Diversity and inclusion are critical to our mission, and they work best when they are an integral and celebrated part of our community. Read University of Virginia’s Diversity & Inclusion Vision Statement. Share a time in which you engaged with a perspective, identity, community or experience that was different from your own and how it impacted your worldview. (200 words)
This is a classic diversity essay. A common response is to look for a story where you were open-minded and went in looking to learn from an “other” perspective, identity, community, or experience. Nothing wrong with that, if that’s all you have.
However, the coolest versions of this essay are the ones where the lessons DON’T come easily. Where the “other” wrecks your expectations, ruffles your status quo, knocks you off balance, etc. “Wait, I thought everyone on earth believed that the correct attitude toward X was Y—Am I… different from everyone else here? Oh no!”
If you learned something new and beautiful from this experience, great! But it can also be the case you were once exposed to something dark, ugly, disgusting, disappointing, etc. and that THAT impacted your worldview. Be careful with this one, though, you want to avoid stereotypes or generalizations when talking about the problems in a group of people (whether it’s a cabal of cigar lounge political fixers, or simply a community with a troubling attitude toward something).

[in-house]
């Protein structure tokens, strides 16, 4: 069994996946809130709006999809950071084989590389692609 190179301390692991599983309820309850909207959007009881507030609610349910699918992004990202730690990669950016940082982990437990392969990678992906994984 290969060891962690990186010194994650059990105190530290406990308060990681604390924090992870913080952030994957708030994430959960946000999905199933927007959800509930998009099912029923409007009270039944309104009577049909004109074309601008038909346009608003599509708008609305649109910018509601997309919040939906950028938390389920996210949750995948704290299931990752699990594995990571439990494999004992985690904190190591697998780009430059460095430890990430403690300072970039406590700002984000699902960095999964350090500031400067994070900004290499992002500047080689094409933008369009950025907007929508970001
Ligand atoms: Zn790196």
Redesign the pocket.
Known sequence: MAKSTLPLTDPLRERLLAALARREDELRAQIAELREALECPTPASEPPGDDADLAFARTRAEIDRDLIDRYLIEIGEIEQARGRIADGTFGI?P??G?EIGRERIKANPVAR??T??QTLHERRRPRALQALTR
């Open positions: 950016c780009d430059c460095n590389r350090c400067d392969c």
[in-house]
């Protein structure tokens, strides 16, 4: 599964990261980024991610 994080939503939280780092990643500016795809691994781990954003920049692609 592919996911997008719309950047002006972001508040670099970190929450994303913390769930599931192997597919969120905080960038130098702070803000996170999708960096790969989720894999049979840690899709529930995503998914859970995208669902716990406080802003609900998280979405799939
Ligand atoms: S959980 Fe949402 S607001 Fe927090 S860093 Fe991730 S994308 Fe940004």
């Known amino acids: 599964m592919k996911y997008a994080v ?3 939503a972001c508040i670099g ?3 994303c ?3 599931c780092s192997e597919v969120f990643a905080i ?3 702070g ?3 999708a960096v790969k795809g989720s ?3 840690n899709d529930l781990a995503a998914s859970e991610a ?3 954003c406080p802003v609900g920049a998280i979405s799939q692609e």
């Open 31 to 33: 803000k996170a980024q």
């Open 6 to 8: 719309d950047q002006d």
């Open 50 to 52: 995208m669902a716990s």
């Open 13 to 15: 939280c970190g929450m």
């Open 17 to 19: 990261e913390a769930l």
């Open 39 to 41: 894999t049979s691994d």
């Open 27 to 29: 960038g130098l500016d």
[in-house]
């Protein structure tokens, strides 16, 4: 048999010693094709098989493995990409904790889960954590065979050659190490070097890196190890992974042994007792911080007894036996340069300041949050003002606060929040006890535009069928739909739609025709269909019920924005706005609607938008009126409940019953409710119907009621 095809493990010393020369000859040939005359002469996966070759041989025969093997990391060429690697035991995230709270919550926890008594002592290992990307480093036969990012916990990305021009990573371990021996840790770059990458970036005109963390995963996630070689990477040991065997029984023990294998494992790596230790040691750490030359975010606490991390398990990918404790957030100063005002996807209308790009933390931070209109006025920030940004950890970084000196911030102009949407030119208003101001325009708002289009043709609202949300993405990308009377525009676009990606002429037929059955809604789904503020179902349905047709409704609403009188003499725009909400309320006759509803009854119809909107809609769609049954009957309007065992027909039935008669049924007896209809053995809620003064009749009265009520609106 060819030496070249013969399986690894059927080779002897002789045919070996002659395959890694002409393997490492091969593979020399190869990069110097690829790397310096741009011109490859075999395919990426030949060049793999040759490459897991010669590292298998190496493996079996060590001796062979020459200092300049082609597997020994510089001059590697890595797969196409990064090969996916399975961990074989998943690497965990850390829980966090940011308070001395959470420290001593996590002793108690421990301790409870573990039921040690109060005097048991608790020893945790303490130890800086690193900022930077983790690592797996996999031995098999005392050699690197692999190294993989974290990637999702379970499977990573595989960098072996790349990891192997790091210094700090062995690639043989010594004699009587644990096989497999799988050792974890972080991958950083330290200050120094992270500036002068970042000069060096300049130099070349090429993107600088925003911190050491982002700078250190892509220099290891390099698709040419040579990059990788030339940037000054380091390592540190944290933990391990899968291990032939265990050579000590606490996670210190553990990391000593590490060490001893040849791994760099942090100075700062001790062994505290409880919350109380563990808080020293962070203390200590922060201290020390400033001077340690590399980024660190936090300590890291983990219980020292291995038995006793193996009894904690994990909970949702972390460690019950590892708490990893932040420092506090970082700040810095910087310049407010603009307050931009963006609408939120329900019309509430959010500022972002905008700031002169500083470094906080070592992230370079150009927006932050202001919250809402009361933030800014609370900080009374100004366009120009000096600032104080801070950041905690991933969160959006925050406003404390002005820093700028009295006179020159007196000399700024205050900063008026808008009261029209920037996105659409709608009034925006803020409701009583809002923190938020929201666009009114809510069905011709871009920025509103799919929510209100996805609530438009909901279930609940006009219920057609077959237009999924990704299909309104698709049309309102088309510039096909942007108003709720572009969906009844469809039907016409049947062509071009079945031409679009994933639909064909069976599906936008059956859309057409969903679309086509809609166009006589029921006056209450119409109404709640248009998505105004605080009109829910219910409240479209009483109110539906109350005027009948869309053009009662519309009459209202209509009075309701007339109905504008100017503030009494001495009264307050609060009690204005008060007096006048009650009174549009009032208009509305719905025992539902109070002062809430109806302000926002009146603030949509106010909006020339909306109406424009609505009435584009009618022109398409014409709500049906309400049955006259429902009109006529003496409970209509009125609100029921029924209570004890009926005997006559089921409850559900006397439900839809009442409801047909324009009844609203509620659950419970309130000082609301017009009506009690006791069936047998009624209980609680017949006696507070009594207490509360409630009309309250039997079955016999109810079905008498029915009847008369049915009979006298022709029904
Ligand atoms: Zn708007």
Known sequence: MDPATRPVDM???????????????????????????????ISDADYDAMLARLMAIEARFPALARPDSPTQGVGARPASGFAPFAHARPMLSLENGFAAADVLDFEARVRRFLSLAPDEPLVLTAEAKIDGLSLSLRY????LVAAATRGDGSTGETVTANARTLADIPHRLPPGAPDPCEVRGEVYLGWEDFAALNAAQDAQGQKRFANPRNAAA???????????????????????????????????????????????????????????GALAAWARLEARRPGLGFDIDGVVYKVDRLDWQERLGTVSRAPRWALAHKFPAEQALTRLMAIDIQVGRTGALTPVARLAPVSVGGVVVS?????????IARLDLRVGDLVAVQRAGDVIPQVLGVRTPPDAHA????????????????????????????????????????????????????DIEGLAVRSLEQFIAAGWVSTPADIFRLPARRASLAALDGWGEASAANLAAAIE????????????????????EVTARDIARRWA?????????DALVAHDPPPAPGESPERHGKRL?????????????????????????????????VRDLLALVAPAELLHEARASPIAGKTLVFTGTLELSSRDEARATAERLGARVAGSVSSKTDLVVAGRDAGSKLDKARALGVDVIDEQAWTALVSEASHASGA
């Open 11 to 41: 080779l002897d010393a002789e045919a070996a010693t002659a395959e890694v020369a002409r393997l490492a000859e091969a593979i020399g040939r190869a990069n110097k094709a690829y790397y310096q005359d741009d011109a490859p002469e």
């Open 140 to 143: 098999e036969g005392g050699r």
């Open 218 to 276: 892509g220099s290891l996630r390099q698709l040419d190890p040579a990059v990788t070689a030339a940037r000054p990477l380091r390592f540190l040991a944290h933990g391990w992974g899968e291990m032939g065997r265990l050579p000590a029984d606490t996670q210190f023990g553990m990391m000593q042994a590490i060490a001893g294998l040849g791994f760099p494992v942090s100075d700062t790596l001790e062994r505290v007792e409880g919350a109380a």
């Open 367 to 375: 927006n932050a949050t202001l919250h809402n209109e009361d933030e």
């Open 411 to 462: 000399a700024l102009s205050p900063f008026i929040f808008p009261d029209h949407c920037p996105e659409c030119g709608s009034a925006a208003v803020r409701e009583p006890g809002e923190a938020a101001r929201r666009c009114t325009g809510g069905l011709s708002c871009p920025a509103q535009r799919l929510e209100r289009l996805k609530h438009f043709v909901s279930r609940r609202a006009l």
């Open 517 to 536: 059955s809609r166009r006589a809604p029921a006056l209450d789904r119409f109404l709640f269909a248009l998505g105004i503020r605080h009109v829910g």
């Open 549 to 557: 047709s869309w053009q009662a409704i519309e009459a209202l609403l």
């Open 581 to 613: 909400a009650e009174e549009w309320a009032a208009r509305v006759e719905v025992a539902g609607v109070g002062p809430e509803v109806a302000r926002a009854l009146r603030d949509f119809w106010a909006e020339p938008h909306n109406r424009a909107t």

No matter how your story develops, one way to make this type of essay effective is to avoid the temptation of “giving away the ending.” Establish the “before” up front: the idea you were confident about (and why), the perspective you had initially (and why), the attitude toward X you had originally (and why). THEN, drop us into the situation that challenged it. Explain the cognitive dissonance. Isolate the friction, explain why it was so shocking. Show how you processed the new information. And then (in the third section, if we’re counting), assess it all, with 20-20 hindsight. What does it mean for your future? In summary: before, after, conclusions.